By three methods we may learn wisdom: First, by reflection, which is noblest; second, by imitation, which is easiest; and third, by experience, which is the bitterest.
The man sitting across from me was obviously disappointed about something. His eyes, his posture, and the way he had introduced himself to me all conveyed his belief that he had failed at something. And his next words to me confirmed it.
"Jim, I was one of two candidates for CEO of this firm," he said, gesturing at the office around him, both angry and uncertain at the same time. "And they chose the other guy. Now what the heck do I do?"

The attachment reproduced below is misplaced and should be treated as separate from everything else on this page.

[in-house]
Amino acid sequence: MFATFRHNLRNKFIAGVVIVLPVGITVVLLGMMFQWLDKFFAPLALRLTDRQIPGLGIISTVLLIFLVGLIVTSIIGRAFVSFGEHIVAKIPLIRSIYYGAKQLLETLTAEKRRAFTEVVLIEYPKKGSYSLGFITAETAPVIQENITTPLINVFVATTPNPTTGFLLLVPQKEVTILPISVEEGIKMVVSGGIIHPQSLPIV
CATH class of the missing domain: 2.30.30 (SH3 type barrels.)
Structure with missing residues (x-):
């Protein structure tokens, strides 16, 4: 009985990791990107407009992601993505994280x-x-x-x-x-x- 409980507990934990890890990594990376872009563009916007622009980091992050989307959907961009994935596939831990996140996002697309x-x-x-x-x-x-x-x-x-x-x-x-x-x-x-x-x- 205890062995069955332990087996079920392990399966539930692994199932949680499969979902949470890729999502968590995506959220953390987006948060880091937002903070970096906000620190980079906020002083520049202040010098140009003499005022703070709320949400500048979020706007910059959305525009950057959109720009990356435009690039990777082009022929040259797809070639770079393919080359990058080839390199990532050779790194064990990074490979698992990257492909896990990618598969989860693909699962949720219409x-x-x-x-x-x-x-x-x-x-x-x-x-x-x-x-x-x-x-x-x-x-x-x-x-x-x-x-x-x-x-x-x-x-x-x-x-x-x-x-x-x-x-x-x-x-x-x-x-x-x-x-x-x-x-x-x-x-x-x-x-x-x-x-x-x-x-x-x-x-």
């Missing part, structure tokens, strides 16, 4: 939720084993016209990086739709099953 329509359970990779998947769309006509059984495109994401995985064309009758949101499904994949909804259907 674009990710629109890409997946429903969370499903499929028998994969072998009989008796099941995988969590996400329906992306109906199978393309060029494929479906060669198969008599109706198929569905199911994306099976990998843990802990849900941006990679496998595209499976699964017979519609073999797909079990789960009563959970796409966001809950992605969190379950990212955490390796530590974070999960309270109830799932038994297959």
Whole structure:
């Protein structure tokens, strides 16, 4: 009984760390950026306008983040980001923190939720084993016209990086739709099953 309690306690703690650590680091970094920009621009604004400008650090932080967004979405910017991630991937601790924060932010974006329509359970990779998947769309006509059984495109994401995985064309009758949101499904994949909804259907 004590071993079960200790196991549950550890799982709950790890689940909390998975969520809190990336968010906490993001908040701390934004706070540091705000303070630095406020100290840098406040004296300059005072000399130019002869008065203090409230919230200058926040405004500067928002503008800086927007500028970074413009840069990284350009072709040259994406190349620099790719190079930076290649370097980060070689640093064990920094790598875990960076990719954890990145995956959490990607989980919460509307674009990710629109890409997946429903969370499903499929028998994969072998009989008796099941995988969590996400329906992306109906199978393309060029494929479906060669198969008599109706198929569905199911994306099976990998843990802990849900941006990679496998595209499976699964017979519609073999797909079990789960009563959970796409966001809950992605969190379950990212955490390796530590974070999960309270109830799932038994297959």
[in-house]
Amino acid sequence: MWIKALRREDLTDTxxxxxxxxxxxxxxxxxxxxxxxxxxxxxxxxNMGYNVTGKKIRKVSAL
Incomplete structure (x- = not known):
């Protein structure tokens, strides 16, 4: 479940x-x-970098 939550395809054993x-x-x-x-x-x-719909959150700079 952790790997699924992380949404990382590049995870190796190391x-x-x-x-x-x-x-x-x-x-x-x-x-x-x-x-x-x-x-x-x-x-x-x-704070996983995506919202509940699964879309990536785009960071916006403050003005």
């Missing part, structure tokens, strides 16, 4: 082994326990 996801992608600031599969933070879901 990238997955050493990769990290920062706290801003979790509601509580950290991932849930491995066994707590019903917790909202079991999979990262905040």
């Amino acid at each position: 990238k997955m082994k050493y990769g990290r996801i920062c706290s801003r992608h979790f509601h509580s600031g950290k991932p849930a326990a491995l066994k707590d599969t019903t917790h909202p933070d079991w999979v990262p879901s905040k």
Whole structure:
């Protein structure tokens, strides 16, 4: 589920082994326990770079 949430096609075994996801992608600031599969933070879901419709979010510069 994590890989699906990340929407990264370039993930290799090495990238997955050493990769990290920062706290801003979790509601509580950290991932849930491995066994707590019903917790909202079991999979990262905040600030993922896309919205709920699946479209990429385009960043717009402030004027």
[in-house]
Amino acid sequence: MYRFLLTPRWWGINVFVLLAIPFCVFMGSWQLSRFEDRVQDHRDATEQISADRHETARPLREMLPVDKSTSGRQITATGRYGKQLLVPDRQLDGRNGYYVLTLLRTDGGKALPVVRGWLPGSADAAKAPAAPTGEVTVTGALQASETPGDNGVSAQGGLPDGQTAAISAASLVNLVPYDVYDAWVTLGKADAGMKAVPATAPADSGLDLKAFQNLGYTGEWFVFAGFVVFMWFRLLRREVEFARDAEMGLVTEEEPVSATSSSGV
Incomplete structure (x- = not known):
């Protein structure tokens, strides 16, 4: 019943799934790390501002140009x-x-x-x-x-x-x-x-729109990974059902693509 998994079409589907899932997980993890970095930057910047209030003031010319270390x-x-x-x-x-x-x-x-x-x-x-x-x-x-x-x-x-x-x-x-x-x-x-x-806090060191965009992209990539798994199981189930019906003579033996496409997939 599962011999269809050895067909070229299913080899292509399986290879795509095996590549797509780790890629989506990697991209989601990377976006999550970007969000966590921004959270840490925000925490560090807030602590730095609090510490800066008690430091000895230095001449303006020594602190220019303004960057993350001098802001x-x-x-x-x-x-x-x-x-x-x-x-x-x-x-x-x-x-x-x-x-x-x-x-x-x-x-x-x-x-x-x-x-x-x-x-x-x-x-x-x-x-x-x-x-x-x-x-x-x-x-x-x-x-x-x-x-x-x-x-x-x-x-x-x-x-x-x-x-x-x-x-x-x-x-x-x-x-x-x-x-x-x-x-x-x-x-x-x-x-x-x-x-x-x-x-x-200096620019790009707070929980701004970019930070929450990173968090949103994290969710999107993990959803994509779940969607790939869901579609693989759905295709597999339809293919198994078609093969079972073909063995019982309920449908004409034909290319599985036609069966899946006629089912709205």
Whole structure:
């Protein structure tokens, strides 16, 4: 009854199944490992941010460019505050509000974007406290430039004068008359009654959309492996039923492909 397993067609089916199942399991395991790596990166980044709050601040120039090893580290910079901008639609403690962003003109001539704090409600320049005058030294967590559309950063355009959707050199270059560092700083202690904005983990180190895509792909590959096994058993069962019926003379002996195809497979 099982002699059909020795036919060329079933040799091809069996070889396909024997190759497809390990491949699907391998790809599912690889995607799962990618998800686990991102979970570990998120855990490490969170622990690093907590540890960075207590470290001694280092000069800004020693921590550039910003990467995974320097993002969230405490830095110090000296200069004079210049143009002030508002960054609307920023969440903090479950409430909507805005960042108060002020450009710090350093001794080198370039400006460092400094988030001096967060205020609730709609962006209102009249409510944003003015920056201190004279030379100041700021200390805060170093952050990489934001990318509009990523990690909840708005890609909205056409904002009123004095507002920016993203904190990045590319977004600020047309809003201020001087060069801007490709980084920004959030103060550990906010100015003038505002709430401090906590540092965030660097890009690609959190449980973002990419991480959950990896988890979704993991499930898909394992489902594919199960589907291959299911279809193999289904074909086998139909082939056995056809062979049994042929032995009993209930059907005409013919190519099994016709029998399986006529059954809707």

This was my first meeting with Joe, the president of a global services company. He had called me at my office a few weeks previously at the recommendation of one of his colleagues, to discuss executive coaching help. Now I was sitting across from him in his well—appointed office in the heart of the financial district.
Joe's office told a different story than the one he was telling me. From its size and location—and the several staff who ushered me into the inner sanctum—he was obviously important to the firm. Tasteful art hung on the walls and a couple of smiling family photos were some of the few personal touches in evidence. Had he not begun to confide in me, I would have thought he was a man in command of his own life—a man on top of the world.
But I was not sitting in his office because of what I—or others around him—might have thought. I was ...